Brittany Diego is a celebrity fashion stylist who has created many of our favorite fashion looks on stars such as Draya Michelle, Karen Civil, and Dani Leigh to name a few. With much knowledge and many years in the industry, Diego has made it her mission to pass down her knowledge of the fashion world to black creatives across the nation through her educational platform, Fashion Mentor. We caught up with her to discuss the inspiration behind Fashion Mentor, what she’s currently working on, and much more!

Did you always know fashion would be the path you would take in life?

Yes, 1000%. You know in school when they asked you what you wanted to be when you grew up, I always said I wanted to be a fashion designer. That was all I knew at the time but for some reason, the kids would always laugh at me. I knew from ten-years-old that I wanted to work in fashion. Before I knew what, reverse engineering was, I reversed my life to make sure I ended up on that path of having a fashion career. I found a fashion high school here in Los Angeles. They taught us how to sew, history, and even required us to do internships. I did my first internship my senior year of high school and that was my first introduction into the real fashion industry. Of course, I majored in fashion in college and I did a bunch of internships for design. I then realized; I didn’t really like design (laughs). It wasn’t really what I thought it was, so I switched to styling. The company that I was at did everything in house. I thought it was so cool stylists got to play with clothes, dress models, and be on photoshoots all day. I thought, how can I get into this? That was when I decided, this is what I’ve always wanted to do. I just had no idea that styling was an actual job.

Where did the idea come about for Fashion Mentor?

I went to fashion school but once I got out, I thought I could walk into any fashion company and get a job. That was not the case at all (laughs). It was so tough. They taught us how to do the job, just not the career development skills to get the job. The fashion industry is so unique. I would always google stuff before an interview, questions, what should I wear, but there was nothing specific about the fashion industry. It’s so different from our cooperate counterpart. For Once I started posting behind the scenes of me styling and getting my career going, I had a lot of people ask me questions. It got to the point where I had this copy and paste response because a lot of people were asking me the same question. I wanted to create a blog to send people to instead of having to type it over and over again. It started off as a blog of all the things that I learned in fashion school, like where to find jobs, what kind of questions to expect in interviews, what to wear, and that blog then turned into events. I did panel events here in Los Angeles, spoke at fashion schools, and now we have virtual classes, digital products, and workshops (which we hope to resume when it’s safe to do so). It’s turned into this whole fashion community.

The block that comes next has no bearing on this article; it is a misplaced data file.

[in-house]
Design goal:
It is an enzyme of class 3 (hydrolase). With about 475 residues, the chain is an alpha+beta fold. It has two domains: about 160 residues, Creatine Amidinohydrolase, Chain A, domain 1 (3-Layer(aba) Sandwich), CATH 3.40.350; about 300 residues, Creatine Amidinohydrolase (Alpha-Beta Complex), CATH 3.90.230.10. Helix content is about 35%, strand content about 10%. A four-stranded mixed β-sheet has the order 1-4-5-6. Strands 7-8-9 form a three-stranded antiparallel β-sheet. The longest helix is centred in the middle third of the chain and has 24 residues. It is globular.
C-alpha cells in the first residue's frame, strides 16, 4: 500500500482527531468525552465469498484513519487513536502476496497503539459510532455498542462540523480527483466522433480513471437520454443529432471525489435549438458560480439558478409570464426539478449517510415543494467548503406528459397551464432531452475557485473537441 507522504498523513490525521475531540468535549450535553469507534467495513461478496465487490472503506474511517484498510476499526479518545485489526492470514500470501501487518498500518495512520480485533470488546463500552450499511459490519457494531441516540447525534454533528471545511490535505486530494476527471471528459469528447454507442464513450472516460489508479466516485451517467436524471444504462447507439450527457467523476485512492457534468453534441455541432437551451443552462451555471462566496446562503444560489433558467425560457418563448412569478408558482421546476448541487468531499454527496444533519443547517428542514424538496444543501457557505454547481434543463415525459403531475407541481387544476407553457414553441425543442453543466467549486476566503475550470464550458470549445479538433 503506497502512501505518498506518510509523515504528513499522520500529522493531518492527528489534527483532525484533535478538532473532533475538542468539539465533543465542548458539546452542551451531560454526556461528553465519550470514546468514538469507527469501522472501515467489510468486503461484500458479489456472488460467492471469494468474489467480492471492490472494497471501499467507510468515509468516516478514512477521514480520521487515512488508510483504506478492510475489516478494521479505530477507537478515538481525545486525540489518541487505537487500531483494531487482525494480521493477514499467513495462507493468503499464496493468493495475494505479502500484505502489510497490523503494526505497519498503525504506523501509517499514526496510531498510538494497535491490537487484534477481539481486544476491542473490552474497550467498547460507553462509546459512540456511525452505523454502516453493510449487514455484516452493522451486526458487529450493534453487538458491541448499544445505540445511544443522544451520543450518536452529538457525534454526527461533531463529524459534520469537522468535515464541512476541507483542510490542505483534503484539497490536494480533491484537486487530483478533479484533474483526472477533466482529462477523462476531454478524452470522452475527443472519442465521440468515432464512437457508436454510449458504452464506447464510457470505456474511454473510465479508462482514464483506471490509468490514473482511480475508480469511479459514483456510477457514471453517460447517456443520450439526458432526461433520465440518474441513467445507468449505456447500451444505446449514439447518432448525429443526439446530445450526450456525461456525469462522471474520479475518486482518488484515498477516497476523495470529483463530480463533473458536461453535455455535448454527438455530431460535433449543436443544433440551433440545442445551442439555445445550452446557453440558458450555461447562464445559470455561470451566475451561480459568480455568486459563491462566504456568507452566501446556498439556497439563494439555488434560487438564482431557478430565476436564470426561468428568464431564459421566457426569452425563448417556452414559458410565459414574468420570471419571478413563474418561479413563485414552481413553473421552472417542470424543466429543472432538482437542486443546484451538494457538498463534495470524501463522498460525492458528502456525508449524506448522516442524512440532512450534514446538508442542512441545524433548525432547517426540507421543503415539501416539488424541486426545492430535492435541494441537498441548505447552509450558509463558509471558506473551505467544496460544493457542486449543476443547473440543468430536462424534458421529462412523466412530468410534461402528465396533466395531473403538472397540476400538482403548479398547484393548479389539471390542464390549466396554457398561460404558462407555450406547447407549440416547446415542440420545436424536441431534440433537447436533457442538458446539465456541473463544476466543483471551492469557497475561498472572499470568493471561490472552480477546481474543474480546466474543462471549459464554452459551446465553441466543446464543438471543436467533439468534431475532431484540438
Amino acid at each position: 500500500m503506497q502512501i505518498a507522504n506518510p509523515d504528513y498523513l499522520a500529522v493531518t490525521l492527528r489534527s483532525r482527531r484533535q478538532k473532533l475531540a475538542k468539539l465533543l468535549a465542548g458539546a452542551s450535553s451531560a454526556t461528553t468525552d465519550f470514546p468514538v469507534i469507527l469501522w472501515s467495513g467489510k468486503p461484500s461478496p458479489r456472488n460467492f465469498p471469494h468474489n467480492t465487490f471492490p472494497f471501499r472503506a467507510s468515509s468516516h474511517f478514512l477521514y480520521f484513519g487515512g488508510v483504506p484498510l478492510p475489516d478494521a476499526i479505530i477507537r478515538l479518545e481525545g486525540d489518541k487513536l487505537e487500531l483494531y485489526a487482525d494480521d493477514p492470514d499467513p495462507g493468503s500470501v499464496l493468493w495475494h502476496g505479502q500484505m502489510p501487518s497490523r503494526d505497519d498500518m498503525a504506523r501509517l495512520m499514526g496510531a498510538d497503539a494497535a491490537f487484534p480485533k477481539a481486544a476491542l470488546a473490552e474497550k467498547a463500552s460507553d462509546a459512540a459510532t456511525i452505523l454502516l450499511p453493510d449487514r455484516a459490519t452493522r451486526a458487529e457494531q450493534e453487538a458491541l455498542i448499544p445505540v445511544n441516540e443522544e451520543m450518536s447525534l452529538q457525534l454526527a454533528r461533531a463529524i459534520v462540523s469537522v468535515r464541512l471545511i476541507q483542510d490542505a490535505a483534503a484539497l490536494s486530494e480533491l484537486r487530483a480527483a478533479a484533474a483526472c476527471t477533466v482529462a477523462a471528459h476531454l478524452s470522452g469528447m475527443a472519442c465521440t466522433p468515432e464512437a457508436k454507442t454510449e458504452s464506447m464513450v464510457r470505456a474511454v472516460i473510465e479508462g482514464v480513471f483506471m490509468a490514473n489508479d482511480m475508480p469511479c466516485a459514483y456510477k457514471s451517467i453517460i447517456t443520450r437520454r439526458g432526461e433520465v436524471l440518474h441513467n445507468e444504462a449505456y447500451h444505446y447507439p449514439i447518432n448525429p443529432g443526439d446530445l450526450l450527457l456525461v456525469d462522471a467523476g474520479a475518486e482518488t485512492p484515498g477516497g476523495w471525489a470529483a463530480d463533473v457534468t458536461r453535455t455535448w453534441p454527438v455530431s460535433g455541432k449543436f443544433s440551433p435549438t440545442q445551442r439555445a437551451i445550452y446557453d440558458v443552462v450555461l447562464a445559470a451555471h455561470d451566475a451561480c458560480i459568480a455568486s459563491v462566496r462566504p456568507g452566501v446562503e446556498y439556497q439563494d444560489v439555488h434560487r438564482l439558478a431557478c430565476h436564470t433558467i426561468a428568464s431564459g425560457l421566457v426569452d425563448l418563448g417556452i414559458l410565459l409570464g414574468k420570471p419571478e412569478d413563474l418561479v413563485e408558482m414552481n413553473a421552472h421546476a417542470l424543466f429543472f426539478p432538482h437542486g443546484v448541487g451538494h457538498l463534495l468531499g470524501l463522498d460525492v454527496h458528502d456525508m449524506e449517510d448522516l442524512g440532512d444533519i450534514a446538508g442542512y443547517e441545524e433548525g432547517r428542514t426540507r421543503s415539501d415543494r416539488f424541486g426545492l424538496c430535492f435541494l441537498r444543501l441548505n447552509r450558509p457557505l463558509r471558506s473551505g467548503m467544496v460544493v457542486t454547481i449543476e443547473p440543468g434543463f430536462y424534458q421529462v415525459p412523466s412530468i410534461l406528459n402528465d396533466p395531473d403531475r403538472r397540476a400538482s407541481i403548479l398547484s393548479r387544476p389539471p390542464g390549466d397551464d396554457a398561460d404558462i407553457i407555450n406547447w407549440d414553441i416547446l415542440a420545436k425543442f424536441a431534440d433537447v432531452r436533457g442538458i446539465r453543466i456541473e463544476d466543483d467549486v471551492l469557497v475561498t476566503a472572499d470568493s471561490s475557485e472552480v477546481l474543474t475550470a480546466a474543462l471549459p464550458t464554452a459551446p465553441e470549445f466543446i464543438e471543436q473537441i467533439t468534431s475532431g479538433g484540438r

You’ve worked with big names in the industry such as Dani Leigh, Draya Michelle, and much more. Has there been a client that has left a special mark on you?

Yes, I love all my clients (laughs). But I would say Karen Civil. She has left the biggest mark on me. You always hear about people being a boss and entrepreneur, but she is it! She lives and breathes it. She is so admirable. Watching the way, she operates and how she handles her team and business is amazing. You can read all the business facts, but nothing compares to getting that in-person, seeing someone move. The way she moves is so admirable. She has given me great invaluable advice that I will never forget and take with me everywhere I go.

You recently became a member of Forbes’ For(bes) The Culture. What are you looking forward to most about using this platform in the face of the fashion industry?

I’m super excited to be a part of For(bes) The Culture because my ultimate goal is to move the needle with people in fashion. The fashion industry is known for taking from Black culture and trends, but they don’t give the proper credit. My goal is to hold all of the companies accountable, who were posting that Black square this past summer. I want to make sure that Black creatives are actually hired and getting in those positions that they deserve to be in. They may be overlooked because of the color of their skin or maybe their name. My goal is to provide people the knowledge and skills for Black creatives to reach their highest potential in the fashion industry.

photo by TOTL

What are you currently working on and what can we expect to see from you in the future?

We’re currently accepting new students into our Fashion and Stylist Academy. That is where I’m giving the career blueprint to aspiring stylists and teaching them the ins and outs of the industry. The fashion industry tends to be very secretive. That’s something that I encountered when I first got started. I want to pay it forward and really create something where these stylists can have a community to ask questions. It’s not the typical online course, it’s me guiding them. We’re looking at expanding that. Once we are able to do in-person events, be on the lookout for more stylist workshops.

photo by Edgar Omar Images

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Featured Image by Edgar Omar Images